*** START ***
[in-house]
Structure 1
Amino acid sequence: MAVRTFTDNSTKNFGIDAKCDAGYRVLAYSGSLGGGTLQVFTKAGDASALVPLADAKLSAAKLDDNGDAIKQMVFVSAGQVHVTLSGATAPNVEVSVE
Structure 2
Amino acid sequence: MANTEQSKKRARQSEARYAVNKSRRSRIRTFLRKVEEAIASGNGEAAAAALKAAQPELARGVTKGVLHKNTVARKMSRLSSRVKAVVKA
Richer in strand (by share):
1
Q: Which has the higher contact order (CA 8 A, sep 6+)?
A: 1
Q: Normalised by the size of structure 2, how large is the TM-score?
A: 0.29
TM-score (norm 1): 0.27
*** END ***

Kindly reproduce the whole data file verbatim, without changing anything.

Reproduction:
[in-house]
Structure 1
Amino acid sequence: MAVRTFTDNSTKNFGIDAKCDAGYRVLAYSGSLGGGTLQVFTKAGDASALVPLADAKLSAAKLDDNGDAIKQMVFVSAGQVHVTLSGATAPNVEVSVE
Structure 2
Amino acid sequence: MANTEQSKKRARQSEARYAVNKSRRSRIRTFLRKVEEAIASGNGEAAAAALKAAQPELARGVTKGVLHKNTVARKMSRLSSRVKAVVKA
Richer in strand (by share):
1
Q: Which has the higher contact order (CA 8 A, sep 6+)?
A: 1
Q: Normalised by the size of structure 2, how large is the TM-score?
A: 0.29
TM-score (norm 1): 0.27